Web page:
Only in the last eighty years has Osias Beert the Elder come to prominence as one of the pioneers of still life flower painting in Flanders. Before this time, his reputation was as a master of the early Antwerp breakfast piece, and it was not until Curt Benedict’s investigative essay of 1938 that his flower pieces truly came to light (‘Un peintre oublié de natures mortes: Osias Beert’, L’Amour de l’Art, XIX, October 1938, pp. 307-313). Through careful examination of early Flemish bouquets, in glass or tigerware vessels, Benedict established the beginnings of an oeuvre that contained few signed, and no dated pictures, identifying works through the idiosyncrasies of Beert’s abundant bouquets, including those previously attributed to other artists. His investigation even led him to acquire the present picture in 1949, seemingly the first to own it as a masterpiece by Osias Beert the Elder.
Beert was probably born in Antwerp and became a pupil of Andries van Baesrode I in 1596 before joining the Antwerp guild as a master in 1602. In addition to his work as a still life painter of flowers, fruit and breakfast pieces, contemporary documents also described him as a cork merchant and a member of the Chamber of Rhetoric, De Olijftak (the Olive Branch), from 1615 until his death, suggesting an involvement in intellectual pursuits that went beyond painting. The fame he enjoyed in his lifetime is attested to by his numerous pupils, including Frans Ykens from 1615. Like his contemporaries Ambrosius Bosschaert the Elder, Balthasar van der Ast and Jan Brueghel the Elder, Beert combined varieties of flowers from different countries and seasons into one fantastical moment of blooming, which for many wealthy collectors would have hung in cabinets of curiosities (collections of artefacts and naturalia) alongside paintings, scientific instruments and botanical specimens. The flower piece was an item of luxury and prestige, its perennial blooms retaining their commercial value beyond the ephemeral flower, as well as presenting rare and unusual plants, such as the famous striped tulip.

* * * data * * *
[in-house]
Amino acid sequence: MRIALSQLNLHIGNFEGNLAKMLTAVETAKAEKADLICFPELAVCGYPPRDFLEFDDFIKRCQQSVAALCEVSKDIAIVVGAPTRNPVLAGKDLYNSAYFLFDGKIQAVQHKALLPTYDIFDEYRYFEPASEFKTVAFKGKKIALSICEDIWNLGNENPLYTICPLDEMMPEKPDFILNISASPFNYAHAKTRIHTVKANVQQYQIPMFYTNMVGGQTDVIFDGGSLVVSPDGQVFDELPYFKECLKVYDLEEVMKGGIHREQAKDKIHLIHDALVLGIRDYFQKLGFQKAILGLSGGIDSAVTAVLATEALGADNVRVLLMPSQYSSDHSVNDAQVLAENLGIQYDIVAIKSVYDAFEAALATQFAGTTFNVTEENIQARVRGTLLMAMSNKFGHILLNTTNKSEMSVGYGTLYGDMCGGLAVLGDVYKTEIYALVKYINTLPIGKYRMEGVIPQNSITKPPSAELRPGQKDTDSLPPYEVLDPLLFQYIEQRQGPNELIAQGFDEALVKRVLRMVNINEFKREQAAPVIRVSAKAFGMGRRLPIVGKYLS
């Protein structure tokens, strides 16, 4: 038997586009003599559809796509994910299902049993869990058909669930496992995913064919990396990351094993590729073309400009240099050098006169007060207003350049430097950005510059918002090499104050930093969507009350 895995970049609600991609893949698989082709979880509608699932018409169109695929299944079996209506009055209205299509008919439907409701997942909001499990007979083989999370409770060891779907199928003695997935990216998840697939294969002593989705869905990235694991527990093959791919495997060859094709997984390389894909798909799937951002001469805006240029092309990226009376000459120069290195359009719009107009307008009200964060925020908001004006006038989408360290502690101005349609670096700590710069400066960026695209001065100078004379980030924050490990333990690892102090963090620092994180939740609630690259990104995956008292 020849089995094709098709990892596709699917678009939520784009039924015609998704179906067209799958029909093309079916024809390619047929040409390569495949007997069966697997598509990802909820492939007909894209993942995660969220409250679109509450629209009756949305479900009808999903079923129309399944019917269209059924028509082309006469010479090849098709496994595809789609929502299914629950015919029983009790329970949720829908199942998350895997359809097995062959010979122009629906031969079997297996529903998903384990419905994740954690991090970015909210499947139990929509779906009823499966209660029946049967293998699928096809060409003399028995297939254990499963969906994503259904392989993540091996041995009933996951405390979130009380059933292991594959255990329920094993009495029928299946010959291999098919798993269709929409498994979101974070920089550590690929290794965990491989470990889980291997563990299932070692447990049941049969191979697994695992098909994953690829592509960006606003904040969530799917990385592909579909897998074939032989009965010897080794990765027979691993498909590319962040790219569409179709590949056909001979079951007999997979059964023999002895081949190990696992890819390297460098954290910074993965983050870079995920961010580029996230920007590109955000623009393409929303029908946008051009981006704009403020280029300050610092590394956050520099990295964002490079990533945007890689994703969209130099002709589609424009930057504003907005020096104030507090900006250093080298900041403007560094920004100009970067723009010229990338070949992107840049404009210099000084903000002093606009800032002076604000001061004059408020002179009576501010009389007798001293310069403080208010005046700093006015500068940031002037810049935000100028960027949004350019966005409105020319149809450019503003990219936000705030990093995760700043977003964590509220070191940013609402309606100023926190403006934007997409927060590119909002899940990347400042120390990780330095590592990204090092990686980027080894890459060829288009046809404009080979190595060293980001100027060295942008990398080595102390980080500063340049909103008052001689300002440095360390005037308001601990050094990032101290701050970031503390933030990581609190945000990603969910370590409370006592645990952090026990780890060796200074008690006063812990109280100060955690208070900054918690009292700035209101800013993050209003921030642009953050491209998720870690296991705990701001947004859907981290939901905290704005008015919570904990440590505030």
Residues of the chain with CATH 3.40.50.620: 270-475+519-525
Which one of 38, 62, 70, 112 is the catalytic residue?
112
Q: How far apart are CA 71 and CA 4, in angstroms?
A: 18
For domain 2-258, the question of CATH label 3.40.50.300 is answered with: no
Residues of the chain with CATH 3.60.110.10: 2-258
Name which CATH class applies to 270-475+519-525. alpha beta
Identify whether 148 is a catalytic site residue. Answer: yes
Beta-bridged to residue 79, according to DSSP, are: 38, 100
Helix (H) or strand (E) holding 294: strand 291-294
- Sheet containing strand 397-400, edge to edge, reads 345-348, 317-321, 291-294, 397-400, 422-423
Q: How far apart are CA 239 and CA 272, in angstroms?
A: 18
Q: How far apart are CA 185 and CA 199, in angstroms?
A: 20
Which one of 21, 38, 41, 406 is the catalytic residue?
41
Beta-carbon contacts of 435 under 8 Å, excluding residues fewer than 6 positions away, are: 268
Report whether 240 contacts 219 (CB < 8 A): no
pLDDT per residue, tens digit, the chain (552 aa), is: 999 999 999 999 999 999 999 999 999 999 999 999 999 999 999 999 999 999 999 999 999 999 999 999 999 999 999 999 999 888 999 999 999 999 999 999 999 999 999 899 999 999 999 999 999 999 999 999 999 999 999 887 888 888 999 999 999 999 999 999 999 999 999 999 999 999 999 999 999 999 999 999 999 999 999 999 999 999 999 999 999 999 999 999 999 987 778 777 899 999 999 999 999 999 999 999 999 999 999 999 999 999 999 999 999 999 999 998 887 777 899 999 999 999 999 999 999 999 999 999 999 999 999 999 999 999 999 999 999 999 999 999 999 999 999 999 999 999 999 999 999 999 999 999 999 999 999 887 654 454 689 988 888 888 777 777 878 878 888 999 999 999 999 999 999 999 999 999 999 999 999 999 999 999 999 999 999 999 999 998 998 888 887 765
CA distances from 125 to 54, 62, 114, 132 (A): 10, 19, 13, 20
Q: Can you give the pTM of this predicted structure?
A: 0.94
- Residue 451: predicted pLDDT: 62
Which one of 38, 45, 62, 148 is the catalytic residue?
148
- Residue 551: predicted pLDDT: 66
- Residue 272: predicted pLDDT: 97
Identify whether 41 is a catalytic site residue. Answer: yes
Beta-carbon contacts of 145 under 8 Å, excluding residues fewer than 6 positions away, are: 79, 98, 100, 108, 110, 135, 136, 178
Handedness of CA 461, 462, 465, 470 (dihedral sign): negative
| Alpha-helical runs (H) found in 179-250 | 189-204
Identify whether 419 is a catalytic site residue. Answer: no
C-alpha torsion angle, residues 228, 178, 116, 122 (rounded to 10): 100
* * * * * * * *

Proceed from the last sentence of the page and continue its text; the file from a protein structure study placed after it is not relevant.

In this beautifully preserved picture, many of Beert’s distinctive motifs come to the fore: a dense composition of rather large blooms, painted in a quasi-geometric style, fill the greater part of the picture plane, with impasto outlines delineating individual elements and lighter flowers providing strong accents, painted thinly on a plain white ground. The artist’s bouquets are typically crowned by larger flowers, here the Madonna lily (lilium candidum), creating both a symmetrical composition and a religious overtone as a symbol of Catholic purity, flanked by the balancing tiger lily (lilium bulbiferum) and red peony. The balance of the lower half is tipped by a hanging rose to the left of the vase, too heavy for its sinuous stem, surrounded by fallen petals, symbols of transience. Through each stalk, petal and pistil Beert demonstrates the skilful subtlety for which he is best known, while painting with an explosive vitality so representative of early Flemish flower painting.